By Nicole Maleski:
Before even boarding the plane to Granada we were expected to be able to identify 18 different fish that are common in the Caribbean, and by the 5th day in Union we were expected to be able to identify 90 different fish species. For fish data collection we didn’t need to know all the species, but it was still tested on. The important fish families on the reefs were all we needed well collecting data such as Surgeonfish and parrot fish for their important herbivore behavior and Groupers and snappers because they are fished for food. From above on the boat the sea was just many shades of blue, but as soon as we submerged under the waves it was a whole other world. Schools of brown chromis and creole wrasses from our earlier test swarmed around us like we were not even there, Cautious groupers peaked out under rocks. Each dive site was full of fish and other aquatic life of all sizes. Even with the 90 fish species we needed to memorize there was still many fish like lizardfish and squirrelfish that could be found at almost every dive site. Once back on the boat the schools of sergeant majors disappear bellow the blue waves and once again the beauty and diversity were hidden from our eyes.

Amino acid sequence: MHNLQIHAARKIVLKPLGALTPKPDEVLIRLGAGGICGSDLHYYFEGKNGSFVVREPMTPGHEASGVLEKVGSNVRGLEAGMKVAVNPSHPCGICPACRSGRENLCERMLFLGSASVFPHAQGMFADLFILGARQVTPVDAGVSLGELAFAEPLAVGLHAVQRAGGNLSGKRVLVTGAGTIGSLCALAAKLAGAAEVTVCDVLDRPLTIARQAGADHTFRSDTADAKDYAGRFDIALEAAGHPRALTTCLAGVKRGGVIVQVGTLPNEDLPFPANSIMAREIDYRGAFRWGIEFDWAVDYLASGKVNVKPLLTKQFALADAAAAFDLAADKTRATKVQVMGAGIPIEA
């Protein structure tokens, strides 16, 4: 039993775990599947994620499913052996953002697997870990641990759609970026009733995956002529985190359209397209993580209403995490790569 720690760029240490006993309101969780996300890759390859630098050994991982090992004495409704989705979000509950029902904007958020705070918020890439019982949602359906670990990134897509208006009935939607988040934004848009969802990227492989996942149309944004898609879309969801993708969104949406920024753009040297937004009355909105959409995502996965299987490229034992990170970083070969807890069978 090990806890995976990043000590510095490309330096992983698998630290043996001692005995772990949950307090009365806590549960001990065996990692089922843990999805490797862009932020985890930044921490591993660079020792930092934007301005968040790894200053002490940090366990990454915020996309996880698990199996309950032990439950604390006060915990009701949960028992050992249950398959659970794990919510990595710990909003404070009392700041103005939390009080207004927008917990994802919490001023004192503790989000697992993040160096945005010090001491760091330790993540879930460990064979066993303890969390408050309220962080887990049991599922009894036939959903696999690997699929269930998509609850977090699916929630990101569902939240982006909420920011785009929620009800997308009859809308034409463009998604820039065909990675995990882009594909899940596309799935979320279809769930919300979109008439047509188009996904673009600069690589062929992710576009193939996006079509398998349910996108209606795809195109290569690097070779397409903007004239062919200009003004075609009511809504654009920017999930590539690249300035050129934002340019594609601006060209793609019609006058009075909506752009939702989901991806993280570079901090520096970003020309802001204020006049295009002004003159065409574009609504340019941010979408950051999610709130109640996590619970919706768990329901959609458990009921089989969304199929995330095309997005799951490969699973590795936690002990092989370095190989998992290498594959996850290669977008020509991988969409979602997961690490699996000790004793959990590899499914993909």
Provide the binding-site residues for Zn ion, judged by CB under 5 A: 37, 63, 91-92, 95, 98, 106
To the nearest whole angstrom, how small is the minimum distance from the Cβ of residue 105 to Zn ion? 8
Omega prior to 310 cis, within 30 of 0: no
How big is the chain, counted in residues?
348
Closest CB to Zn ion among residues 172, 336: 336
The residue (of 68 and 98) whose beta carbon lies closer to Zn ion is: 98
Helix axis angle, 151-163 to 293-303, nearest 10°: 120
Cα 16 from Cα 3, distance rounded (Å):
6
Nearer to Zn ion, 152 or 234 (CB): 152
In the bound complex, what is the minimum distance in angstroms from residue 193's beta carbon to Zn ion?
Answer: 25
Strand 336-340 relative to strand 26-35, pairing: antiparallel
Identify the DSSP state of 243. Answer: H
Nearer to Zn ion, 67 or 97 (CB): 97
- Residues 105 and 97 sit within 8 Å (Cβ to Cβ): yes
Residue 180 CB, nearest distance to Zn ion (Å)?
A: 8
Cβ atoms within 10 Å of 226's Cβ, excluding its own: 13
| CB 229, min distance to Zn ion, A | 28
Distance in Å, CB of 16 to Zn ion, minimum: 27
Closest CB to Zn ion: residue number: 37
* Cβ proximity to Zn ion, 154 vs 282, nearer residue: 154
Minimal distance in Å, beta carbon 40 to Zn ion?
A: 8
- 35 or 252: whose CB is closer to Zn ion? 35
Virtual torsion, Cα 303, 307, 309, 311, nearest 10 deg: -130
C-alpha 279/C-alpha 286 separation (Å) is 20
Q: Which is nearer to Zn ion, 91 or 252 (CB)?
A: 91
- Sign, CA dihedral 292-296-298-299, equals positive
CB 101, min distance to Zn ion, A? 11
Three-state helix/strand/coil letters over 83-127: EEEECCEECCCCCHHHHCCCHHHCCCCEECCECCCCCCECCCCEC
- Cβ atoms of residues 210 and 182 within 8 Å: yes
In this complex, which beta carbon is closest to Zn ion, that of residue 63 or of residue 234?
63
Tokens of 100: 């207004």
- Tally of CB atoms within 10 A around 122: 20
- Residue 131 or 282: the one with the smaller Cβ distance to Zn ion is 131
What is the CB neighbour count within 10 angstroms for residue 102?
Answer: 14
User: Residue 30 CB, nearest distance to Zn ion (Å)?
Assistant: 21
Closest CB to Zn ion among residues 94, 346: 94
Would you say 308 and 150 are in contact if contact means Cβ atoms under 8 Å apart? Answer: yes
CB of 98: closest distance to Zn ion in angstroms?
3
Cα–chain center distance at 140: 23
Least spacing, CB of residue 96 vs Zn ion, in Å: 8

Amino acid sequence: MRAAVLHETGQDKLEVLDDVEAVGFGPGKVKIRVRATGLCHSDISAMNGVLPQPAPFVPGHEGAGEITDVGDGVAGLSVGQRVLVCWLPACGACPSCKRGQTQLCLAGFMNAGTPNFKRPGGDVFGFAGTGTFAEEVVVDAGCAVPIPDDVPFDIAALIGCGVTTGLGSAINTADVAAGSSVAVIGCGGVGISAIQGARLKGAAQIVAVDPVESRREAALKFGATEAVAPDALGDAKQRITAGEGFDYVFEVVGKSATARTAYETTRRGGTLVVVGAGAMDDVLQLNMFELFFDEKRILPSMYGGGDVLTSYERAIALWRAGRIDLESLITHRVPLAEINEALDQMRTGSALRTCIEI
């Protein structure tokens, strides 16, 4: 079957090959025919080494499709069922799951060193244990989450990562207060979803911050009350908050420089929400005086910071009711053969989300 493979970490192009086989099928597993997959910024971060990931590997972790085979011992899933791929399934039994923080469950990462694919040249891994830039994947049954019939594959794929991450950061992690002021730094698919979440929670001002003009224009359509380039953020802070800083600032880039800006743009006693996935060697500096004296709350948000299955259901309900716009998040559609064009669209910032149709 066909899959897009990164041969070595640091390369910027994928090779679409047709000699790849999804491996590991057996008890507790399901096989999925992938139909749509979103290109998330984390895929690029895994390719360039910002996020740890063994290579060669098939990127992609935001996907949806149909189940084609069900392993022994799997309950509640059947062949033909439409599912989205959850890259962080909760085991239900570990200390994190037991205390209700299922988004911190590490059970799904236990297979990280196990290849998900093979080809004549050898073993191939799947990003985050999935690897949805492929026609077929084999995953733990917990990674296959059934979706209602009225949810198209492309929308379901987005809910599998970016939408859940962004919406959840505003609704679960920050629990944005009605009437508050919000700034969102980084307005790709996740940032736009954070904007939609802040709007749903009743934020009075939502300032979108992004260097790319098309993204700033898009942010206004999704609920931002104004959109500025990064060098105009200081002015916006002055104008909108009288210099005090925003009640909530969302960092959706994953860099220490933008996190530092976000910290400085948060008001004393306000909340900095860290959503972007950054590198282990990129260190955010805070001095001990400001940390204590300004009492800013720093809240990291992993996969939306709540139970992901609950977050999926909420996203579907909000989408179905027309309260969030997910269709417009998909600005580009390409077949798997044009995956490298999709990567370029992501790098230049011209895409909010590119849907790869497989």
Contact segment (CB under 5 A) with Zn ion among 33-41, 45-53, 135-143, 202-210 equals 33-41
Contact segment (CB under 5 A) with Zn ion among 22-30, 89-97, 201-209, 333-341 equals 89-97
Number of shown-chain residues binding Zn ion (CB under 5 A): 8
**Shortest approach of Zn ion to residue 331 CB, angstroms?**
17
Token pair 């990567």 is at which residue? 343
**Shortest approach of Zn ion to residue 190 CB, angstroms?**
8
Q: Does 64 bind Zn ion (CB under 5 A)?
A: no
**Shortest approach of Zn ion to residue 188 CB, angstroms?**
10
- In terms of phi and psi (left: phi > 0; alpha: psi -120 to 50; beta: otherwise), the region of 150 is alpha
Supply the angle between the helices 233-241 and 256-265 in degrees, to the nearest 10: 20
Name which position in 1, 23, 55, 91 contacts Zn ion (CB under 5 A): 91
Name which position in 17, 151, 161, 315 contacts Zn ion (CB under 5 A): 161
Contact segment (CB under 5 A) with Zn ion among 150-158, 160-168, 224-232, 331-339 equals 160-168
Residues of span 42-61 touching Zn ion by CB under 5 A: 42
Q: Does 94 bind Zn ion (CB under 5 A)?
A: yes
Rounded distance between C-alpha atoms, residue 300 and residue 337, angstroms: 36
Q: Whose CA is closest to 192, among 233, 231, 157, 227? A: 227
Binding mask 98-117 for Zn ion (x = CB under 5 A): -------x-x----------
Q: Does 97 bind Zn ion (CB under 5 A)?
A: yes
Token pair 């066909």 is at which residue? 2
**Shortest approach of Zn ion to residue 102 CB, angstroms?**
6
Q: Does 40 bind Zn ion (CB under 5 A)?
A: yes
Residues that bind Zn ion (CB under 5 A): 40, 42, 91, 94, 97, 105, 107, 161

The authors of this blog are students enrolled in Tropical Marine Ecology and Conservation, field courses run in the Caribbean by the University of South Florida. In 2019 and 2021, the course went to the Carmabi research station in Curaçao and dived around the island over a 10-day period, for training and to carry out research projects. In 2018, the group went to Soufriere, Saint Lucia, and took part in various projects in partnership with the Soufriere Marine Management Association. In this blog, students will document their activities and how they relate to course material.